Vaguely written Work Order’s such as “engine stalls” or “oil leaks” without further specific signs and symptoms, circumstances, environmental conditions and parameters are not an acceptable form of documentation.

Clients cannot be charged for diagnosis time related to warranty repairs for most manufacturers without Quality Monitor Reports. (QMR) and specific authorization.

Step Three

There must be a clear understanding of the responsibility for charges at the time of the Work Order write-up and while the client is present.

Only the Service Team Leader or Shop Supervisor can authorize changes in responsibility for charges prior to the work being performed. The reason for the changes, date and time as well as the signature of the Service Team Leader or Shop Supervisor giving the authorization must be recorded on the shop copy of the Work Order and on the electronic system with appropriate system controls in place only allowing authorized personnel to make such changes.

If additional charges will be made to the client, the client must be called, advised of the changes and authorization requested prior to performing the work. The date, time, name and telephone number of the person providing the authorization along with the signature of the service consultant who contacted the customer must be recorded adjacent to the operation. Use of the written estimate function in the retailer management system as well as the use of email and text is encouraged to confirm the client’s authorization and create an audit trail.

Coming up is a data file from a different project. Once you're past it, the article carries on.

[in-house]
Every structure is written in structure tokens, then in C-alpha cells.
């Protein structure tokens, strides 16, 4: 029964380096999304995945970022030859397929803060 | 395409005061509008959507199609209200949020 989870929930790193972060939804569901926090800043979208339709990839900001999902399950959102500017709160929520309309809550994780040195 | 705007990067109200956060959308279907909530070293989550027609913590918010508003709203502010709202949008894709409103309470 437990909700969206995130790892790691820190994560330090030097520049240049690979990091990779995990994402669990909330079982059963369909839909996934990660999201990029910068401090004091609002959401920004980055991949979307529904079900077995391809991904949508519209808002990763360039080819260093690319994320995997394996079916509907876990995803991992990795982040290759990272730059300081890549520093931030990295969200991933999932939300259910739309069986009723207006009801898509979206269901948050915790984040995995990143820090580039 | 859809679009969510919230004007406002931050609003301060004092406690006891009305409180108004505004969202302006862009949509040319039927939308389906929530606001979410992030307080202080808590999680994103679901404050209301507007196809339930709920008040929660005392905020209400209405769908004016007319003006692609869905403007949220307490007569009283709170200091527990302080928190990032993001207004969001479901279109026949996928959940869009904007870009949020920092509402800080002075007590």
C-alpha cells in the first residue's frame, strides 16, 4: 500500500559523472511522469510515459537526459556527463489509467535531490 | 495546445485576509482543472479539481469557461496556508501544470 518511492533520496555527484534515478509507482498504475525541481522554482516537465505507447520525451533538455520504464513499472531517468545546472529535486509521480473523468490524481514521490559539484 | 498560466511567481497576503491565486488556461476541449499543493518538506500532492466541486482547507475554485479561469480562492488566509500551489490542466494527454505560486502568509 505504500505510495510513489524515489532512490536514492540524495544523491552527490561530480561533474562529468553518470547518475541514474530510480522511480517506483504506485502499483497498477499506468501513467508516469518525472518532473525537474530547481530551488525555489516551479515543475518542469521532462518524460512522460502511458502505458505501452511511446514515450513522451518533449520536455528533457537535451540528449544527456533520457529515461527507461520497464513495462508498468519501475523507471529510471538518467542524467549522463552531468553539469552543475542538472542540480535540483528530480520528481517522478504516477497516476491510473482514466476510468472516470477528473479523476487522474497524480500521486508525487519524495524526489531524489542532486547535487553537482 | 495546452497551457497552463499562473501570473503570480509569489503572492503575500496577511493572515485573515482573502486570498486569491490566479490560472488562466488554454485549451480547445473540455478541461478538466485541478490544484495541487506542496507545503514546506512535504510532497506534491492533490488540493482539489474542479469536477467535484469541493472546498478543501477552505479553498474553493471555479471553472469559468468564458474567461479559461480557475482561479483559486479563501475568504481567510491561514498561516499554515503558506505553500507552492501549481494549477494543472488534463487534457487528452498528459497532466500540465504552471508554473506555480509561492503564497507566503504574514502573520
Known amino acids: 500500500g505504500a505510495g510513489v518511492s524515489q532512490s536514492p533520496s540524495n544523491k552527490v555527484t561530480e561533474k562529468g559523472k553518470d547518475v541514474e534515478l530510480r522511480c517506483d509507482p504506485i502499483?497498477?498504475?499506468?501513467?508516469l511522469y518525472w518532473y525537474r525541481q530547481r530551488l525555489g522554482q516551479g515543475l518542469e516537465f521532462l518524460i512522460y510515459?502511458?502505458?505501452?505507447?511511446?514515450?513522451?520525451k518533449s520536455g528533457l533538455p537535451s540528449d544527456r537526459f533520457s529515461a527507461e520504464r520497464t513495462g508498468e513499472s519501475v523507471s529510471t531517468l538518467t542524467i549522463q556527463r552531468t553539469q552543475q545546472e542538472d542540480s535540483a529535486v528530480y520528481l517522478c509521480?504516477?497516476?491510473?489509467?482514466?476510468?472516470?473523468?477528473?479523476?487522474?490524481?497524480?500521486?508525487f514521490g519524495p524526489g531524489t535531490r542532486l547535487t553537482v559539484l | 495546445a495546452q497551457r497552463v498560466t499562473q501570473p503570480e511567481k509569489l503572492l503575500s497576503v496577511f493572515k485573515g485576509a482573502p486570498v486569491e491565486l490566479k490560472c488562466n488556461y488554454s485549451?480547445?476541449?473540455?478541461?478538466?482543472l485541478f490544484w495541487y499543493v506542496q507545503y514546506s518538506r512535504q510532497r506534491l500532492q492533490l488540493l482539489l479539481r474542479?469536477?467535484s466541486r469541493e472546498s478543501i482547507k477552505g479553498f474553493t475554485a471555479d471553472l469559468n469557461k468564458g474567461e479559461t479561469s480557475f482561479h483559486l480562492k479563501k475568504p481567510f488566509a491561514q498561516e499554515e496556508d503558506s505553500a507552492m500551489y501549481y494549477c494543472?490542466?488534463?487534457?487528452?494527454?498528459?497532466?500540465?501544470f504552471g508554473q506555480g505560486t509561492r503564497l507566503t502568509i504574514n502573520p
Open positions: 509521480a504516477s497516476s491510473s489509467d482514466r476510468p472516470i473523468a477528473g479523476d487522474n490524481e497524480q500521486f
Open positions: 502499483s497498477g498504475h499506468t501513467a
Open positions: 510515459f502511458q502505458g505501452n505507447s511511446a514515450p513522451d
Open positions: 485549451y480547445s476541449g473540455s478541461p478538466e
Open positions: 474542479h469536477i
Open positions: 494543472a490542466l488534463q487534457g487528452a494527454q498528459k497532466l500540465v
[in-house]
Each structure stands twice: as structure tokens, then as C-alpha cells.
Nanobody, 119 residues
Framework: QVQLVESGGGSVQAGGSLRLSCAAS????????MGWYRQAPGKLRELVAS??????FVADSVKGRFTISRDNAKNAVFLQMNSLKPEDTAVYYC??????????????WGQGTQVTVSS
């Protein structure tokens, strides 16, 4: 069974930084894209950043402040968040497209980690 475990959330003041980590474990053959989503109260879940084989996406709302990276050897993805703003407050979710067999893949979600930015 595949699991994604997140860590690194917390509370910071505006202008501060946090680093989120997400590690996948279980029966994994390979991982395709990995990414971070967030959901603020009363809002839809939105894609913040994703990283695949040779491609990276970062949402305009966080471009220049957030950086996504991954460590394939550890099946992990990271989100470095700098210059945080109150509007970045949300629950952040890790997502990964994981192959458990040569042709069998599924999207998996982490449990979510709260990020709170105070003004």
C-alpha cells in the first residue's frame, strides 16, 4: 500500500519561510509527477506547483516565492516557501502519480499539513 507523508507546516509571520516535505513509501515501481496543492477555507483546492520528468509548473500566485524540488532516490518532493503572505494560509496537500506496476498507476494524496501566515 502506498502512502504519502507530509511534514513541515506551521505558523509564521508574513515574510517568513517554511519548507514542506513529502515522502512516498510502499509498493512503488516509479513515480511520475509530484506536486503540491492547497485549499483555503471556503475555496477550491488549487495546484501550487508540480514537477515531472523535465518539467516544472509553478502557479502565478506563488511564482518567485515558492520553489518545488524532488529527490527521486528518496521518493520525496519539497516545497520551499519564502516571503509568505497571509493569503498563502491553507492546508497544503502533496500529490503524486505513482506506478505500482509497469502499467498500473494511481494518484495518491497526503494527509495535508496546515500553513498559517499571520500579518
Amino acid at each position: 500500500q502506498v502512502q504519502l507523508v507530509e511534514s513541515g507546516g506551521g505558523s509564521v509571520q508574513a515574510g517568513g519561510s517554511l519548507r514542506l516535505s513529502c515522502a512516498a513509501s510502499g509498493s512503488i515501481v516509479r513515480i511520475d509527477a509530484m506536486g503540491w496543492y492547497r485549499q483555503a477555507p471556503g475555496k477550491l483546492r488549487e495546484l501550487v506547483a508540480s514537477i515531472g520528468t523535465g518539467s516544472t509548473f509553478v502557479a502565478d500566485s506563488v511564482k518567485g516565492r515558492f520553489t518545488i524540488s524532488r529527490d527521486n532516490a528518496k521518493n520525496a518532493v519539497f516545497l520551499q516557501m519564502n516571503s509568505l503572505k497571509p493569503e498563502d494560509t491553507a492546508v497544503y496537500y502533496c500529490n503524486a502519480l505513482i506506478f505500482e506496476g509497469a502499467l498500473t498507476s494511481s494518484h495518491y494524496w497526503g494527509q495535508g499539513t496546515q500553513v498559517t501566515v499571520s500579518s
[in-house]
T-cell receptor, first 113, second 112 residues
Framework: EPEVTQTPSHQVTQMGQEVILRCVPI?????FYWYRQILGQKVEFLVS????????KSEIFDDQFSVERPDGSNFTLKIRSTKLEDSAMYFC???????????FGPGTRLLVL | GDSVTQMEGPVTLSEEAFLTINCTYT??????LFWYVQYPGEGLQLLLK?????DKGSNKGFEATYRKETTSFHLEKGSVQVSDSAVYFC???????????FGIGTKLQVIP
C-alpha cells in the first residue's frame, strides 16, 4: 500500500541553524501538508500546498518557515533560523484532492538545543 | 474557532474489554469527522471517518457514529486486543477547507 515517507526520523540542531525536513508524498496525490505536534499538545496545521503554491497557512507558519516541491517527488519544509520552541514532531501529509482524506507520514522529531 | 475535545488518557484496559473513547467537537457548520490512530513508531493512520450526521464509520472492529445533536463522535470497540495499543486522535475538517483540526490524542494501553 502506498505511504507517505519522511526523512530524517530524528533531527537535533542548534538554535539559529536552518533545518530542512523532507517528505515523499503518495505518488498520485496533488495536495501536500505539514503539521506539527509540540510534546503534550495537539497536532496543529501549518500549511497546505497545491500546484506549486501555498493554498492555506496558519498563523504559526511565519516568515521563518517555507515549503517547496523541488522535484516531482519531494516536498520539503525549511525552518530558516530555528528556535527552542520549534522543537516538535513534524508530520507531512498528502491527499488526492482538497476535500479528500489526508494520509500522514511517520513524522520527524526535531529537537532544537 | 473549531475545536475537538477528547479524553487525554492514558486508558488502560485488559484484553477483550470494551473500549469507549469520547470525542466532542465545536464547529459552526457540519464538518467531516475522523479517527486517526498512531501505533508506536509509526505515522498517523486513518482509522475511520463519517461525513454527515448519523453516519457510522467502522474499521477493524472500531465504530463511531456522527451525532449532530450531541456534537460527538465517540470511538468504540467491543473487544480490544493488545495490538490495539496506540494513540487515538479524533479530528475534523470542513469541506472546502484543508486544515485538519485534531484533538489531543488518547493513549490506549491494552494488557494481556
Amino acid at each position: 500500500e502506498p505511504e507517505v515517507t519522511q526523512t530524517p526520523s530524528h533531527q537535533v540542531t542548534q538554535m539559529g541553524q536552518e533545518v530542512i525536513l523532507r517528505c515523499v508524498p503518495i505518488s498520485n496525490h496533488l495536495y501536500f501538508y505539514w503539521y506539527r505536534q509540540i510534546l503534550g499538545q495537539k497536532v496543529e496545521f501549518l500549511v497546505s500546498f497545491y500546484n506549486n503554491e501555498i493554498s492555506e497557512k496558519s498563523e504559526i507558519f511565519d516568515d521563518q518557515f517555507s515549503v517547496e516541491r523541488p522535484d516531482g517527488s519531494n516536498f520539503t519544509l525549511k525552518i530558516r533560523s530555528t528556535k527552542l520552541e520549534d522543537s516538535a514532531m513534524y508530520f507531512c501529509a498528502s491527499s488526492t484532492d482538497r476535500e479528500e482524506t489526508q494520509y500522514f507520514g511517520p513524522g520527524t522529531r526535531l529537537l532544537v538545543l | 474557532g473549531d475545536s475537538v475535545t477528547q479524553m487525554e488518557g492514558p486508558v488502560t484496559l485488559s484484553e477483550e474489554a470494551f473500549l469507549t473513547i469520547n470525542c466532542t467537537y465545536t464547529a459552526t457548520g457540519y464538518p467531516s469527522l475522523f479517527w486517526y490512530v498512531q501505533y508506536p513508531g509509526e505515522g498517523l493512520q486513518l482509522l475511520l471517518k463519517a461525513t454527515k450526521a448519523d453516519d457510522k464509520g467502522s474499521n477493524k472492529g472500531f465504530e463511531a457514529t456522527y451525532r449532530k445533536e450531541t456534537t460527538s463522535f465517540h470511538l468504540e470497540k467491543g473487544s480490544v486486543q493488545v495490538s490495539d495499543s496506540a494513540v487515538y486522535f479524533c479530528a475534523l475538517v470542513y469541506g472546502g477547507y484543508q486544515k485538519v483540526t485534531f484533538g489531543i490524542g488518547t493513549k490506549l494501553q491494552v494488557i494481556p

Step Four

A client signature must be obtained on the work order to legally authorize the client pay and warranty repairs.  

If the vehicle is dropped off after hours the client’s key envelope complete with notes must be attached to the Work Order as authorization for the repairs.

If the client drops off the vehicle and provides authorization by telephone, the name and telephone number of the person giving the authorization as well as the date and time of authorization and the signature of the service consultant must be recorded with the client’s specific instructions.